Learning my Lines: Creating Instant Emotion

by Dan Stout in

One of the most powerful tools available to writers is to read and study the work of those who have gone before. For me, hand copying and examination can reveal the techniques of another author and help me advance my own craft. I've written up some of these observations to share with other readers & writers.

This excerpt is from SPARROW HILL ROAD, by Seanan McGuire. The quote below comes early in the book, and demonstrates how to quickly create a bond between reader and character.


Most truckers have permanent addresses, places they can sleep when they're not rolling down the midnight miles, eating distance and turning it into dreams. Very few truckers consider those addresses to be anything resembling a home. They live and breathe for their steel darlings, those eighteen-wheeled wives who carry them so faithfully, and understand what it is to be one half of a marriage that goes deeper than passion, all the way down into true, undying love. 

Larry's truck shines like a beacon through the outside dark, glittering with a light he's never seen. If I asked him, if I had a way to frame the question, I bet he'd tell me he's felt it. That he feels it every time he crawls into his little wandering-man's bedroll and closes his eyes: the arms and the protections of his lover, soothing him into sleep. He sees me staring at her, rapt, and reads the message on my face for what it is, even if he doesn't know the reasons for it. "Isn't she a beauty?" She shivers when he puts his hand against the door, a loving bride welcoming her husband home. She's missed him so. If only he could see how much she loves him

"She is," I say solemnly, and he opens the door for me, and I step into the open arms of his lover.

[note: slight spoilers for the first chapter of this book.]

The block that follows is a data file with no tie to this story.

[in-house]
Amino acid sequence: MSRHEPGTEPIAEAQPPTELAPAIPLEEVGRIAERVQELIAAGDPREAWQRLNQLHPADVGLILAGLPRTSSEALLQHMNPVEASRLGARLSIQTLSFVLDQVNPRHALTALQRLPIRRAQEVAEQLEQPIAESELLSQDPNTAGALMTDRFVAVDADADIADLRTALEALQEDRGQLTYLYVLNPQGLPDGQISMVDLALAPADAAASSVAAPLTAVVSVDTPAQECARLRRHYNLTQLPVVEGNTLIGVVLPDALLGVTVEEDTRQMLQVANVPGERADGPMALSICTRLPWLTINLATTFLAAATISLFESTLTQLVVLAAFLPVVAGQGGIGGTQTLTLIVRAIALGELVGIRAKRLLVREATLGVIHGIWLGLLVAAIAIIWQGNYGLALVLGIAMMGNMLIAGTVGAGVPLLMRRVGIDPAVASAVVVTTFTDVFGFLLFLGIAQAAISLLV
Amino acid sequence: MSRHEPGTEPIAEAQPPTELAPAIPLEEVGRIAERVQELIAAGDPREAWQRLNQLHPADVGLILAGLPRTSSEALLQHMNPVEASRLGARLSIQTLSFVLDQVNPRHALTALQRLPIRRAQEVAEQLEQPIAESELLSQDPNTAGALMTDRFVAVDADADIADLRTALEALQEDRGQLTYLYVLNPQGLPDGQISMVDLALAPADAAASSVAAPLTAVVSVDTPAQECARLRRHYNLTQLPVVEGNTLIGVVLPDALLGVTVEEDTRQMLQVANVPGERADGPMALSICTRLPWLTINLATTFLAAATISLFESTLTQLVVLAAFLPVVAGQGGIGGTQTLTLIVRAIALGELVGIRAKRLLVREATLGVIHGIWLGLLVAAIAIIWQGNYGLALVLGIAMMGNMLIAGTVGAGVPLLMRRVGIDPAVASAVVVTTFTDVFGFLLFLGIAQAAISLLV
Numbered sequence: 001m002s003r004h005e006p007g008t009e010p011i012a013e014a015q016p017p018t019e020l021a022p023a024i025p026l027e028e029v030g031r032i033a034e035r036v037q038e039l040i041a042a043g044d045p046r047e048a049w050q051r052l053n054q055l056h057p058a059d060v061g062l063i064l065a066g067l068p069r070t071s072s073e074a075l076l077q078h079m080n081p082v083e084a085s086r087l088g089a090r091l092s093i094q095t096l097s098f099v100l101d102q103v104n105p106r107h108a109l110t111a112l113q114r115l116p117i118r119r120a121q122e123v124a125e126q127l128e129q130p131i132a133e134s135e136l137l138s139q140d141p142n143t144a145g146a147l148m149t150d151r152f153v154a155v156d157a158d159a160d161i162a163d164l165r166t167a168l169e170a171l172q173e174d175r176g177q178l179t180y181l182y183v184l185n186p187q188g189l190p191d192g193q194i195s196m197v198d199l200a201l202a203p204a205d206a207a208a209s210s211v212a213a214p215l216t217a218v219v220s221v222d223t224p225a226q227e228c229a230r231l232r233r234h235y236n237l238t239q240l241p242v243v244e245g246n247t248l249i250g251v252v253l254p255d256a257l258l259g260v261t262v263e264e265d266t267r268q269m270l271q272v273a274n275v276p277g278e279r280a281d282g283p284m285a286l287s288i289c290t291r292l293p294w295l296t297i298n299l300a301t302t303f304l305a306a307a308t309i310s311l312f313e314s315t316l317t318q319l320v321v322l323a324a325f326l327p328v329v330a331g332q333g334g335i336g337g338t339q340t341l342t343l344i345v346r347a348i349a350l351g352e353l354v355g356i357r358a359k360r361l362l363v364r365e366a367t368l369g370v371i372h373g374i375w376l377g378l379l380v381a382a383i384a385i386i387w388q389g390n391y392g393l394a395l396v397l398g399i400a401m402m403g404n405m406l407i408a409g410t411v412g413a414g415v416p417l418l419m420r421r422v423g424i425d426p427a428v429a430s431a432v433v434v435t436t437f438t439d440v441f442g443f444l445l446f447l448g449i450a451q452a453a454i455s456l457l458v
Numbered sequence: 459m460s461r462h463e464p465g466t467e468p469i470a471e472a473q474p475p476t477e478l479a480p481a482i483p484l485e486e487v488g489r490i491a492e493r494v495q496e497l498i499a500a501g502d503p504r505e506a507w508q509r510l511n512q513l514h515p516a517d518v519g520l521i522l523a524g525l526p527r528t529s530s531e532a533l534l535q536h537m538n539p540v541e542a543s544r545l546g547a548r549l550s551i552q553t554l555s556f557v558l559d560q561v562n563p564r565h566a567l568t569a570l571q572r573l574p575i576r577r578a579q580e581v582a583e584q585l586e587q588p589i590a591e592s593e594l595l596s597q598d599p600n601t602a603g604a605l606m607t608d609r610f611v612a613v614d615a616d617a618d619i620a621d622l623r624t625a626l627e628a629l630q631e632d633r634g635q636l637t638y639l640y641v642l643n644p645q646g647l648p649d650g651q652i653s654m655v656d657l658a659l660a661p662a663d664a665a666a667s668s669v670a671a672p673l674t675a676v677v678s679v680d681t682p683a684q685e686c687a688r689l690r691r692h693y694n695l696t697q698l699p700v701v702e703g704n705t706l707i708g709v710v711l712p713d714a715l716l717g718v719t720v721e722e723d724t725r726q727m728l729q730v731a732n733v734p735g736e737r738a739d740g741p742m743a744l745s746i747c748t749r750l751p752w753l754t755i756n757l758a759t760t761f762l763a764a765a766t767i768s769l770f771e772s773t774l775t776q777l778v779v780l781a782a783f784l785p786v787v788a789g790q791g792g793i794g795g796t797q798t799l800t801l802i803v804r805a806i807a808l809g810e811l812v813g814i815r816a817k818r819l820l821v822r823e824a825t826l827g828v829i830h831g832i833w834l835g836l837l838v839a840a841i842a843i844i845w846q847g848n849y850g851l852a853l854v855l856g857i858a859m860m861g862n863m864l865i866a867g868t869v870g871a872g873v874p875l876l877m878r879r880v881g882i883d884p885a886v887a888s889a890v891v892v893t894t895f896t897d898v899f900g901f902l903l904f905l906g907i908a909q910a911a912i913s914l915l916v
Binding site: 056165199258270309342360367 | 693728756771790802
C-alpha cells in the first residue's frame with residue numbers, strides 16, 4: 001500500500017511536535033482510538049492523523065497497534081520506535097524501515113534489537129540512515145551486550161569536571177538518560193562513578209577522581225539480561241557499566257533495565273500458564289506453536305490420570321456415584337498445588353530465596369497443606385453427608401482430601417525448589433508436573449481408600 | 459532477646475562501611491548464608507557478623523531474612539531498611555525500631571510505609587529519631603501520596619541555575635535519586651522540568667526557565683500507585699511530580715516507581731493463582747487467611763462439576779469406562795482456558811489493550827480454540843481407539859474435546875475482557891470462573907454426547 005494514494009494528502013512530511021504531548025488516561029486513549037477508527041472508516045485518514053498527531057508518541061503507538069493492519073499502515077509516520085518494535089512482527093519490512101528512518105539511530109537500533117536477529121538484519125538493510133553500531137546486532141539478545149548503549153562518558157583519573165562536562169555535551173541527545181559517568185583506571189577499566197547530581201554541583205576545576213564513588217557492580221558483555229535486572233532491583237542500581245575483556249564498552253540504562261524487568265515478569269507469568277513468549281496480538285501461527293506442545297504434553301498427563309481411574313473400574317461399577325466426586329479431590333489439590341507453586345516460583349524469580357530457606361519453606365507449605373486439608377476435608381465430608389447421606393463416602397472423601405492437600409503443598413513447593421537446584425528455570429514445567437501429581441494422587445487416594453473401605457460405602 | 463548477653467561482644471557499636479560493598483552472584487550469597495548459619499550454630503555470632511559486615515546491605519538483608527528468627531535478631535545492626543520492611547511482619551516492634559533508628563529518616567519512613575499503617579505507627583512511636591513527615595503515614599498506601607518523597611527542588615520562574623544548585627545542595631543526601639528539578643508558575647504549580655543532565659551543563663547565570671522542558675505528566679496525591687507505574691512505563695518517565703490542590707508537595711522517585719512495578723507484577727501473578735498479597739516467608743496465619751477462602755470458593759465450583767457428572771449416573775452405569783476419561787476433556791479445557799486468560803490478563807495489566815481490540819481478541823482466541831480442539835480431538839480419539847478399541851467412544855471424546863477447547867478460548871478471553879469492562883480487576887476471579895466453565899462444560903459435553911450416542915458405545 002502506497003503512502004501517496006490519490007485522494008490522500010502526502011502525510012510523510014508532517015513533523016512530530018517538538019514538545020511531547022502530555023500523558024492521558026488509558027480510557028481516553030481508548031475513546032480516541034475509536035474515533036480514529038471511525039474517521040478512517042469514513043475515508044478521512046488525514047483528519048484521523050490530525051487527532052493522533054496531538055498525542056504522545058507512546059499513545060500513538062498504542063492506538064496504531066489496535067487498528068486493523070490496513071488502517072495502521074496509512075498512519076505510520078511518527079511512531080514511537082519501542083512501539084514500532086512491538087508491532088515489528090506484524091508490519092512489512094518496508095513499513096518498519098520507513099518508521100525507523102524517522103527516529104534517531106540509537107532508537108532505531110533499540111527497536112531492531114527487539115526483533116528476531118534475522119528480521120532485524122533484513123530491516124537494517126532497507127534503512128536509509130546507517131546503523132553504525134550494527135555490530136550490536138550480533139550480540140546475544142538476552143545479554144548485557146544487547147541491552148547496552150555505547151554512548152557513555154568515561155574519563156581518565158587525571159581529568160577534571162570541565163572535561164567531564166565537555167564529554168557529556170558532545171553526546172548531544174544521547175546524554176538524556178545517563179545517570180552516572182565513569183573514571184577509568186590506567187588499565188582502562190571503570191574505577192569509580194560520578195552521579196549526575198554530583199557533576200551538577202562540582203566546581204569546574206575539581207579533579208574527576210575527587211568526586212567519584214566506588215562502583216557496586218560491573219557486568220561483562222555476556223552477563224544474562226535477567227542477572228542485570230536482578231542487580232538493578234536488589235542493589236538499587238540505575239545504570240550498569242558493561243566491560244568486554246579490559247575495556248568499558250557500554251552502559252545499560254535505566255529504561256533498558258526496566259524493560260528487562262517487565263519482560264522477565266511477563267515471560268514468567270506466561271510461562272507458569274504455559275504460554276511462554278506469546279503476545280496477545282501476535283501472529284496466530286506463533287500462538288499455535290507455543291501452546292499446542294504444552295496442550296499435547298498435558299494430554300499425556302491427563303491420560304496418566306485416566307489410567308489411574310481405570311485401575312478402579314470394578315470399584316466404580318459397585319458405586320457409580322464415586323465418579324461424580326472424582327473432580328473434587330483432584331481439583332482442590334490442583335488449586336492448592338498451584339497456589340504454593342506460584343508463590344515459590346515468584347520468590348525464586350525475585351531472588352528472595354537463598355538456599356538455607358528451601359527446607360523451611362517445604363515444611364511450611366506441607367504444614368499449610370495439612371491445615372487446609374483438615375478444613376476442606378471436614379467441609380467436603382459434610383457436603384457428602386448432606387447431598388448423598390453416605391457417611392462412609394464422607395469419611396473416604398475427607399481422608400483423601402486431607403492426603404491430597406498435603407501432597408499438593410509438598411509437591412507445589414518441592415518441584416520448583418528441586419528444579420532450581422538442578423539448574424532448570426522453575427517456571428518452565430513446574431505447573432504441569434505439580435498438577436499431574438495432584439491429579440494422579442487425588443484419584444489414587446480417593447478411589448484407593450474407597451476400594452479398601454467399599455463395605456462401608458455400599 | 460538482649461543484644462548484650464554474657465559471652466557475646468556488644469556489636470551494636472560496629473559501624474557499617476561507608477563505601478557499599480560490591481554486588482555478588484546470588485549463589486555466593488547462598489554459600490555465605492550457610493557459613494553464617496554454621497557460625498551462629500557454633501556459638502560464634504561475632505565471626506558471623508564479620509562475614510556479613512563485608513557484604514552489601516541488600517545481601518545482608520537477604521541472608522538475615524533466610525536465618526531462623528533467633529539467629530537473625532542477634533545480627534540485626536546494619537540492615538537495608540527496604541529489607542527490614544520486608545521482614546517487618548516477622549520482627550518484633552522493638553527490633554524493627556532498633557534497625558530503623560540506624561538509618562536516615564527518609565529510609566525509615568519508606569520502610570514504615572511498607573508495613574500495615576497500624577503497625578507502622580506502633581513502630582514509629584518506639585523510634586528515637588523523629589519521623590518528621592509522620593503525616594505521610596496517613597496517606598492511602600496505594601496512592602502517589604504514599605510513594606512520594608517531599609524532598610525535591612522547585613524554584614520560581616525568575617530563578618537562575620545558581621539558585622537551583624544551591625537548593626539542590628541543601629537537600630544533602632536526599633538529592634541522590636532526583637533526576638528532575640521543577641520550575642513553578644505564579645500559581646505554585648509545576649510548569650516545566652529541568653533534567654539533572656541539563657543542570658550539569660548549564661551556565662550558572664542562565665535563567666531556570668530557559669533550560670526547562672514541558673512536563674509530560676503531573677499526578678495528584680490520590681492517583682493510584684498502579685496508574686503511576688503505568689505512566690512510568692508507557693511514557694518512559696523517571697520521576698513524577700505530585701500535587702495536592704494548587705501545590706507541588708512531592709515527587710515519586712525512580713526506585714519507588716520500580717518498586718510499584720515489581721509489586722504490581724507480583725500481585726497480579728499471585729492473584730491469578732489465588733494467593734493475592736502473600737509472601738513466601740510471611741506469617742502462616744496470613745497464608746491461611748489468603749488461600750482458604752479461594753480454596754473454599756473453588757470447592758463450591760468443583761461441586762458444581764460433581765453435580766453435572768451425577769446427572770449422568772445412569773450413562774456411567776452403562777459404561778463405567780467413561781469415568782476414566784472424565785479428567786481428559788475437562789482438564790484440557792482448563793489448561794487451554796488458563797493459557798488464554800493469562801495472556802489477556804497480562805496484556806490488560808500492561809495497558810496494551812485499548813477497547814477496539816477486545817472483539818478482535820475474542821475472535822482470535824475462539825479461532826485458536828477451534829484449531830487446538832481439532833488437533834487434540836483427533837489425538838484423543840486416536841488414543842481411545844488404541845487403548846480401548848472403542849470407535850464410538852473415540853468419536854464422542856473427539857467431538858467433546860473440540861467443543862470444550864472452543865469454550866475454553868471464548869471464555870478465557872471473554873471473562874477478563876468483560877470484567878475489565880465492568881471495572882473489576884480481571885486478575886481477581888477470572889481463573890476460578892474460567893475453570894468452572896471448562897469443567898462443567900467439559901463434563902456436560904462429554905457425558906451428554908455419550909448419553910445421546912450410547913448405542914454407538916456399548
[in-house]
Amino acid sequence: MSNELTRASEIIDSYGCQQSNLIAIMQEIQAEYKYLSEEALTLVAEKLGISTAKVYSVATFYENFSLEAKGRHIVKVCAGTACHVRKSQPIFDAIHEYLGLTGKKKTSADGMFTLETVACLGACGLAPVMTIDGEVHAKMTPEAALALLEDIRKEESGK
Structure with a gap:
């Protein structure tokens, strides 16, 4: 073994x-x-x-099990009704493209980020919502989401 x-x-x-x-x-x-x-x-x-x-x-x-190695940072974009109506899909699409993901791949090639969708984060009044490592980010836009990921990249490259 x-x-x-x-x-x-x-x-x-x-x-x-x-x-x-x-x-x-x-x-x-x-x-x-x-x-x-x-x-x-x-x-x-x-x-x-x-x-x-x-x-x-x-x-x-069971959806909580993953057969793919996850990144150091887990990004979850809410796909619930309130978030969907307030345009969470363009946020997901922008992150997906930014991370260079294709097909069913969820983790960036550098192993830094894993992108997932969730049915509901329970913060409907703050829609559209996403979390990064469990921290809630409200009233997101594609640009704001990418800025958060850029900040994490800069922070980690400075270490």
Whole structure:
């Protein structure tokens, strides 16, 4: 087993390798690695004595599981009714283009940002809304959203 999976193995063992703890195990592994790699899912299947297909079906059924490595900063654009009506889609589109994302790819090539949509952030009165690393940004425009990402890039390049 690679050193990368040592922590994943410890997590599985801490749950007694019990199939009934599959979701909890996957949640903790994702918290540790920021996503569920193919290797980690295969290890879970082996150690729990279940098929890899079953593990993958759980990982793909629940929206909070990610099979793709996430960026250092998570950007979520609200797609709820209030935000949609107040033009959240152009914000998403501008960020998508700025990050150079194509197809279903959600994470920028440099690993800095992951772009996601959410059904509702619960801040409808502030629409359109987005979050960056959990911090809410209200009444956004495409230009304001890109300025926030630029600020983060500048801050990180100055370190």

So what's going on here? McGuire is showing us readers layer after layer of reasons why we should care about this guy, his truck, and what happens to them. Even before this excerpt Larry has shown kindness and decency to the narrator, a fact that warms her to him, especially when she says that she's accustomed to much more indifferent treatment. 

Secondly, showing Larry as the focus of unconditional love, even love from an unexpected source -- a truck! -- gives the reader a sense that Larry is a man worth loving. A man whose fate is worth caring about. A man worth mourning. 

Okay, that's all well and good, and isn't all that unusual to see in the beginning of a novel; many authors want a hero who the readers care about, and will pile on the indicators of sympathy in an attempt to create that bond. Unfortunately, that can backfire when the reader feels hit over the head with signs we should like our protagonist.

And that's the part of this excerpt that's really brilliant: Larry isn't our protagonist. Instead, our narrator and protagonist, Rose, is there to do a job that we find unappealing and even tragic. We don't have the same knee-jerk reaction to the sympathetic characterization, since we're not being asked to accept Larry as our hero. But in McGuire's hands, we empathize with the narrator because she empathizes with Larry. (And at this point, we love Larry.)  It creates a kind of feedback loop: the tight 1st person POV lets us see why Rose likes Larry, which helps us like Larry, which makes us like Rose, because , hey, she likes Larry, too!

McGuire pulls off a masterful 'save the cat' moment, made all the more effective by the fact that the cat doesn't actually get saved. It's great writing, and an irresistible hook that compels the reader to keep turning pages.  

by Dan Stout